Home > Catalogue > Annali di Ca’ Foscari. Serie occidentale > 50 | 2016 > On Noun Clausal ‘Complements’ and their Non-unitary Nature

On Noun Clausal ‘Complements’ and their Non-unitary Nature

Guglielmo Cinque    Università Ca’ Foscari Venezia, Italia    

Iliyana Krapova    Università Ca’ Foscari Venezia, Italia    



In this article, we discuss the status of clausal ‘complements’ of Ns, which have recently been analysed by various authors as restrictive relative clauses. First we argue that they do not constitute a unitary phenomenon. Two types should be distinguished: clausal “complements” that can be predicated of the noun across a copula (with nouns like ‘claim’, ‘news’, ‘idea’, etc.) and those that cannot (with transitive nouns like ‘proof’ and with ‘unaccusative’ nouns like ‘possibility’). While we argue that both types are not genuine complements of the noun, we address some apparent difficulties for an ordinary restrictive relative clause analysis. Using data from English, Bulgarian and Italian we suggest that noun clausal “complements” of the first type are best analyzed as the predicate of a non-restrictive reduced relative clause, ultimately derived from an inverse (specificational) copular structure where the “complement” clause that expresses the content of the N occupies the subject position and the Noun the predicate position ([[CP That he is a spy] Pred° [DP the claim]]). Concerning noun clausal “complements” of the second type we tentatively assume that they involve the relativization of a propositional variable, as suggested by a number of authors.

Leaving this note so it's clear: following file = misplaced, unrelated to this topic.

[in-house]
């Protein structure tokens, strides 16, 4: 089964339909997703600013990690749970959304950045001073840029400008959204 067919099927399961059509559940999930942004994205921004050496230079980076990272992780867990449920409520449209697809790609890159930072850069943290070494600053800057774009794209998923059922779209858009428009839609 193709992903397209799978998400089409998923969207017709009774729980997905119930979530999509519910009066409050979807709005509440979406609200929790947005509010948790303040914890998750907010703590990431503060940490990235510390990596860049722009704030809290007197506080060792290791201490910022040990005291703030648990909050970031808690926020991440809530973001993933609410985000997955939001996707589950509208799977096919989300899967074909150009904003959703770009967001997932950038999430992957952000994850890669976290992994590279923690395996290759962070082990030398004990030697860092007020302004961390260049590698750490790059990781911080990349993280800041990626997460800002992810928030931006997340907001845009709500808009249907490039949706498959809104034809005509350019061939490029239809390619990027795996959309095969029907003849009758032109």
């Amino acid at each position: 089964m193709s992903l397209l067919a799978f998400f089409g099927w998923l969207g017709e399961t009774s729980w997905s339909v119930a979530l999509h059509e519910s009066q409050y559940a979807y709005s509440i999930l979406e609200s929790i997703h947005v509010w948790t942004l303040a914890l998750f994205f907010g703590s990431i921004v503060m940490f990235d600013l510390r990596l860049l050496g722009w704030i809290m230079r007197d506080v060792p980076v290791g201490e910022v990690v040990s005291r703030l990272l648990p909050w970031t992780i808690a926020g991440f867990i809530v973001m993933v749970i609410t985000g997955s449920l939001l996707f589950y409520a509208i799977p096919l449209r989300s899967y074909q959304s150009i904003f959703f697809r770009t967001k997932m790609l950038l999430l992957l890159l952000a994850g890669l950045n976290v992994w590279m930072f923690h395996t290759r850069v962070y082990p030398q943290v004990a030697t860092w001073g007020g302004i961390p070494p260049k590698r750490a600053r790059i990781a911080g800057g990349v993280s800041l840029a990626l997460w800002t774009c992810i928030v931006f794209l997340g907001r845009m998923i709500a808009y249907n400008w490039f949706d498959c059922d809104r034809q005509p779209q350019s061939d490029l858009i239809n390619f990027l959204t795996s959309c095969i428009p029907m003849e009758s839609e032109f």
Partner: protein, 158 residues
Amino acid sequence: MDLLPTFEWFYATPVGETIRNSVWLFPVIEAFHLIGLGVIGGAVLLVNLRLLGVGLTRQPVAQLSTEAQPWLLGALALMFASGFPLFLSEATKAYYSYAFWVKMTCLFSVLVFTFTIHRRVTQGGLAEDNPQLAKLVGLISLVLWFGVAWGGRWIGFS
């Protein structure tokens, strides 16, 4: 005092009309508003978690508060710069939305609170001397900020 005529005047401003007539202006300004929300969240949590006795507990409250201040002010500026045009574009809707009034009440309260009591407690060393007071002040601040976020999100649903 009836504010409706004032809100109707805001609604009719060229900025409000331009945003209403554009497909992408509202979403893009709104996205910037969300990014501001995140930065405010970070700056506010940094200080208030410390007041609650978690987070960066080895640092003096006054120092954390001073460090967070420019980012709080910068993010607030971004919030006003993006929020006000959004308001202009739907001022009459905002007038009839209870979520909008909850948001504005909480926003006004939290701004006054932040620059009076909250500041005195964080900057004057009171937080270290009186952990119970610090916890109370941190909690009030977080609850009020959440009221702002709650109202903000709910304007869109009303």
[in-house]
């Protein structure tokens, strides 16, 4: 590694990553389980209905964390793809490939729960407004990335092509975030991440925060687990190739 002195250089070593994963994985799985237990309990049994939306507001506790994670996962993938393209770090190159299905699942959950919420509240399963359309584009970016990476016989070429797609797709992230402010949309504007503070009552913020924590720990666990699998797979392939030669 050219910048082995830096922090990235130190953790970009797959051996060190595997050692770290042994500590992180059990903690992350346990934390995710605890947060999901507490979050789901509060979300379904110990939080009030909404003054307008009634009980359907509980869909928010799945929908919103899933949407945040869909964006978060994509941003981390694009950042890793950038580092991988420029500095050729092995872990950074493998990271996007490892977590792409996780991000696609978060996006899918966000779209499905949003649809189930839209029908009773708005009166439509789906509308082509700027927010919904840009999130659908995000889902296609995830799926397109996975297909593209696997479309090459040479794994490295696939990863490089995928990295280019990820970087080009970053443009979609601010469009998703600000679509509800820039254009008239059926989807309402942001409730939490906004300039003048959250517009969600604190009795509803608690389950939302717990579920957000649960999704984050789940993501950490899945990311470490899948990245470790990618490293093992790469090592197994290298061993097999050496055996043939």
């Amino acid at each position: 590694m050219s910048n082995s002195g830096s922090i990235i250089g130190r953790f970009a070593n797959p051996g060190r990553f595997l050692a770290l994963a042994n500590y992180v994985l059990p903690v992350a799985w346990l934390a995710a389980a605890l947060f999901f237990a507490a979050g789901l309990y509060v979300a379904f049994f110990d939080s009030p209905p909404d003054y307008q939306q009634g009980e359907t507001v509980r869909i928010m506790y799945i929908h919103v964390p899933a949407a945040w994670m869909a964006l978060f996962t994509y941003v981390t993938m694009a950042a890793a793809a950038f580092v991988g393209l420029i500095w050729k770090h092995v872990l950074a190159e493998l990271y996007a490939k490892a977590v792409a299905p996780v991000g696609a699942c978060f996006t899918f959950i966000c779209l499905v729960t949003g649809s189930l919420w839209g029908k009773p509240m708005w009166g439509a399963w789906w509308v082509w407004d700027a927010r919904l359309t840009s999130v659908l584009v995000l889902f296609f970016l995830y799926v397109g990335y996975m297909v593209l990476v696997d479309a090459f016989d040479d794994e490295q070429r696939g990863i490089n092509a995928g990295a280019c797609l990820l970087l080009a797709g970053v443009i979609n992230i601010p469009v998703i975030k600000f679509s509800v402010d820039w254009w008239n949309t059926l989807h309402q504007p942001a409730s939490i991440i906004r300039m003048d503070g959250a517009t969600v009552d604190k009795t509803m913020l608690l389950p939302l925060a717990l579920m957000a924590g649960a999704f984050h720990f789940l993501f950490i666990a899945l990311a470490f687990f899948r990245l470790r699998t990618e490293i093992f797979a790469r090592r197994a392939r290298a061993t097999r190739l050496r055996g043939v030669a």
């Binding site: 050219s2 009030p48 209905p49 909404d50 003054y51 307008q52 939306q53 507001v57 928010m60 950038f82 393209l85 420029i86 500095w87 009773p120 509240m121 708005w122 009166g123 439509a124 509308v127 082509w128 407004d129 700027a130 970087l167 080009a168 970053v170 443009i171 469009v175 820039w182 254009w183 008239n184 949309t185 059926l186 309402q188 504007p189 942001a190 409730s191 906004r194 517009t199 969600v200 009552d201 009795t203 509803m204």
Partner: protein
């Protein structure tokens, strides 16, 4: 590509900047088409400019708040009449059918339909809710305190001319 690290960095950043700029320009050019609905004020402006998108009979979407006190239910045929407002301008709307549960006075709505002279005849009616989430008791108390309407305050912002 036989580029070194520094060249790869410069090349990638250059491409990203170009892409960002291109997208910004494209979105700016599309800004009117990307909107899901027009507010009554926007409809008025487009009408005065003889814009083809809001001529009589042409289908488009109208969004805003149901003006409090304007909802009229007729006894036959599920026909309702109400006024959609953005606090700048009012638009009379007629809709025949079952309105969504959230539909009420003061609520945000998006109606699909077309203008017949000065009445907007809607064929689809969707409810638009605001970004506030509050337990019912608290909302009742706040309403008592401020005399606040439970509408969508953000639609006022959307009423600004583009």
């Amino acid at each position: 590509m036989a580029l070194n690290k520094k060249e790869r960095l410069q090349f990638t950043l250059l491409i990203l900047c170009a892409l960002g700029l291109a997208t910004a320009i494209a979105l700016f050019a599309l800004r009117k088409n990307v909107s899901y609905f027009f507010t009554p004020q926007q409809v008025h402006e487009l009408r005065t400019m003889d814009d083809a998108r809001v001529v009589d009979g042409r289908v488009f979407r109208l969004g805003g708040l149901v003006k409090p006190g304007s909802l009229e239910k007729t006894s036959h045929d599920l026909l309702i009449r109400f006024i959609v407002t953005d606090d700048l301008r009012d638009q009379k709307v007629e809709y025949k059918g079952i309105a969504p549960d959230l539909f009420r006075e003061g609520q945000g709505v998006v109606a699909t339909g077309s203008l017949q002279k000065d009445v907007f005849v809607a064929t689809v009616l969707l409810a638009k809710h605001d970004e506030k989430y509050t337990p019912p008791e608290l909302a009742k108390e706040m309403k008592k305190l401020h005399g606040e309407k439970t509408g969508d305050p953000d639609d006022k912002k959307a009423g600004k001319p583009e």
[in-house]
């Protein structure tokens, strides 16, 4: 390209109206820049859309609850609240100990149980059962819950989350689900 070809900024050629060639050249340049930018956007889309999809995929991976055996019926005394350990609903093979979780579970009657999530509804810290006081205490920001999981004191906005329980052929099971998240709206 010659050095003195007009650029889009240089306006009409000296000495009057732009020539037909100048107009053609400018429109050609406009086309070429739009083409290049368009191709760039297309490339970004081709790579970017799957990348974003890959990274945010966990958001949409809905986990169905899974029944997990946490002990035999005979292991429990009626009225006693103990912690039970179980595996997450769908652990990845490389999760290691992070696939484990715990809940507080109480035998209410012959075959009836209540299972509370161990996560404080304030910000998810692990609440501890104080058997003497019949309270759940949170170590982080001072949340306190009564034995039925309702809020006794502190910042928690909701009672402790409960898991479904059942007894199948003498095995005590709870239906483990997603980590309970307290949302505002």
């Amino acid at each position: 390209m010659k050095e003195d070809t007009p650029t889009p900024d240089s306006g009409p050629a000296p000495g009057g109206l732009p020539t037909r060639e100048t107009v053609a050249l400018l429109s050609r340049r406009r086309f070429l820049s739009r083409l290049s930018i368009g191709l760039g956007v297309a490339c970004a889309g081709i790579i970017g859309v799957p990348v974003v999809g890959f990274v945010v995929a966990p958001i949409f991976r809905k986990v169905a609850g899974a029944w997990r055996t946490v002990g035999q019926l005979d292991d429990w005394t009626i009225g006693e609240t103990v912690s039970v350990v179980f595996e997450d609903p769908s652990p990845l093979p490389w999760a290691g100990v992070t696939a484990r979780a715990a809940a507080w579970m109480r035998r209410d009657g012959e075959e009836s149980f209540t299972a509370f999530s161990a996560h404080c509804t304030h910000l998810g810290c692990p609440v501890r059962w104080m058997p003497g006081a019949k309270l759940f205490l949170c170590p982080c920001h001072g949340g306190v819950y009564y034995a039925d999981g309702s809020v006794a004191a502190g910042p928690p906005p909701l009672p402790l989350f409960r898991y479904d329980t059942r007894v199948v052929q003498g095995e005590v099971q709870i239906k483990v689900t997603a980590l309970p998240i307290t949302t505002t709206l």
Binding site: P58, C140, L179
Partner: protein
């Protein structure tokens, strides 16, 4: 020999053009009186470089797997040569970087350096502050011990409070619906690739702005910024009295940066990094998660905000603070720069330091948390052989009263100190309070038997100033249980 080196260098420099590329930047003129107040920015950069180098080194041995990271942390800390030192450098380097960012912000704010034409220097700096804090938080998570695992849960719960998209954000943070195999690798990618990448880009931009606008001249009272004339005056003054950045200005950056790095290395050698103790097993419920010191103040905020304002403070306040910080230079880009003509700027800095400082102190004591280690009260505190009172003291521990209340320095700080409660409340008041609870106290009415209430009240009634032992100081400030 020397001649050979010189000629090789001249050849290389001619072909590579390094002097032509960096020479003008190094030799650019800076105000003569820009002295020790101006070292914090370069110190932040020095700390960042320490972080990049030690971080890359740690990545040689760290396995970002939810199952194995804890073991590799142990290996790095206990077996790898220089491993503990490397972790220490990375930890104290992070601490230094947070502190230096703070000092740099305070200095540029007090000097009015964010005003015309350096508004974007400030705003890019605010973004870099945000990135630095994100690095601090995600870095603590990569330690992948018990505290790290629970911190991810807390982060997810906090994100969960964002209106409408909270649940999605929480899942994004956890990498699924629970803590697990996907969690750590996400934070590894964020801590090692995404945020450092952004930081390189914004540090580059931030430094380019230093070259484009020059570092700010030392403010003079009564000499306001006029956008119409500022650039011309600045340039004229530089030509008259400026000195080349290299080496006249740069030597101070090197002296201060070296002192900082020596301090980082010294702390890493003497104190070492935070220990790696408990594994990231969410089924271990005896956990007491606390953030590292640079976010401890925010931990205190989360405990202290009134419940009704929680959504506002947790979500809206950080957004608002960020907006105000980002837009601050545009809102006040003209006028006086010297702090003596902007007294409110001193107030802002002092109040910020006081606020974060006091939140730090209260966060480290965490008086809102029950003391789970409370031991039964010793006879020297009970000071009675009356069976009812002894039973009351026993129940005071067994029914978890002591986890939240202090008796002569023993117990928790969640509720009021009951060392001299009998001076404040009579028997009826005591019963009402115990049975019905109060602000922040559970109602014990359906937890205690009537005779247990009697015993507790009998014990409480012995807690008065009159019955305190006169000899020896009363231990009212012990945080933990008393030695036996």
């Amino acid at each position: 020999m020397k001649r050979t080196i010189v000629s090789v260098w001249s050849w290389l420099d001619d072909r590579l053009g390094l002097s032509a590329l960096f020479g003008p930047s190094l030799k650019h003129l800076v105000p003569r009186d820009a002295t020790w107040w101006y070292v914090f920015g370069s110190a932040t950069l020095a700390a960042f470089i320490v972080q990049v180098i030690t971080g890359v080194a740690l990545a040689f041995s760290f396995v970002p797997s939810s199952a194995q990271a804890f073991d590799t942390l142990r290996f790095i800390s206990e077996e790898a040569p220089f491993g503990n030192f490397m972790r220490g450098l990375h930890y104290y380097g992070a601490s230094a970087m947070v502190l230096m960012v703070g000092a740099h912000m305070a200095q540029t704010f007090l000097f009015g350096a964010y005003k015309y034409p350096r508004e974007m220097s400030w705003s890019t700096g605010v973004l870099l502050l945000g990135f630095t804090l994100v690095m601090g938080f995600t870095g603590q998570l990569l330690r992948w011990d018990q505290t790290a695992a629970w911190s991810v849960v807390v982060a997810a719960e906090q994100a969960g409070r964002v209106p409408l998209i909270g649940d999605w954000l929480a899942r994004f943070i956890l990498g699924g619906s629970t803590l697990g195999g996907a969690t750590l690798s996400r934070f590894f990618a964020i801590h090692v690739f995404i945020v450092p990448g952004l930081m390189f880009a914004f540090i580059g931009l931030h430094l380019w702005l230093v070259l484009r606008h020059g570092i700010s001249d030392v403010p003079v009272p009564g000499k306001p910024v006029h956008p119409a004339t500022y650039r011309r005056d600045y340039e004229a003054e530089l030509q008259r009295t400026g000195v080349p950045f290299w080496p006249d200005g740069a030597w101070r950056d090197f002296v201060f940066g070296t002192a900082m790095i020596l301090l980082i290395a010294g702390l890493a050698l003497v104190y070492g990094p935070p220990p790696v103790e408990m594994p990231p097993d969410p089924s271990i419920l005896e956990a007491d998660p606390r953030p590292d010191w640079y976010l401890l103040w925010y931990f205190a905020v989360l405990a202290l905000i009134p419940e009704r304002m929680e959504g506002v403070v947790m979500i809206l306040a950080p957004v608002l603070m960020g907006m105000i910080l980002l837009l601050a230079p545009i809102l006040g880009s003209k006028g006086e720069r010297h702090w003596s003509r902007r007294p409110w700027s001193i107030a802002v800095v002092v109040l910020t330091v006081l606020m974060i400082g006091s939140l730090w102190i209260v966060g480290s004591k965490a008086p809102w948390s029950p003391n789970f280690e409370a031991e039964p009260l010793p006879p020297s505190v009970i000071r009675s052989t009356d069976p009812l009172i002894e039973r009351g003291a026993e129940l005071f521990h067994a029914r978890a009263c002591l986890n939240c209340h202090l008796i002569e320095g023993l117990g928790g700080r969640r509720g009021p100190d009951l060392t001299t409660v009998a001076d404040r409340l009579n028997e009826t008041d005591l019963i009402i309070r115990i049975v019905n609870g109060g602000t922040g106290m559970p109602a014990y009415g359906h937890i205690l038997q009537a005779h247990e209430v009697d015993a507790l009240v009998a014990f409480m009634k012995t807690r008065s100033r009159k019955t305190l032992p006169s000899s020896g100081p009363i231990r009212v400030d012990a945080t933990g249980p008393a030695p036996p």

Sept. 30, 2016
July 11, 2016
April 12, 2016

Keywords: Reduced relative clausesUnaccusative nounsNoun complementsInverse predication

Copyright: © 2016 Guglielmo Cinque, Iliyana Krapova. This is an open-access work distributed under the terms of the Creative Commons Attribution License (CC BY). The use, distribution or reproduction is permitted, provided that the original author(s) and the copyright owner(s) are credited and that the original publication is cited, in accordance with accepted academic practice. The license allows for commercial use. No use, distribution or reproduction is permitted which does not comply with these terms.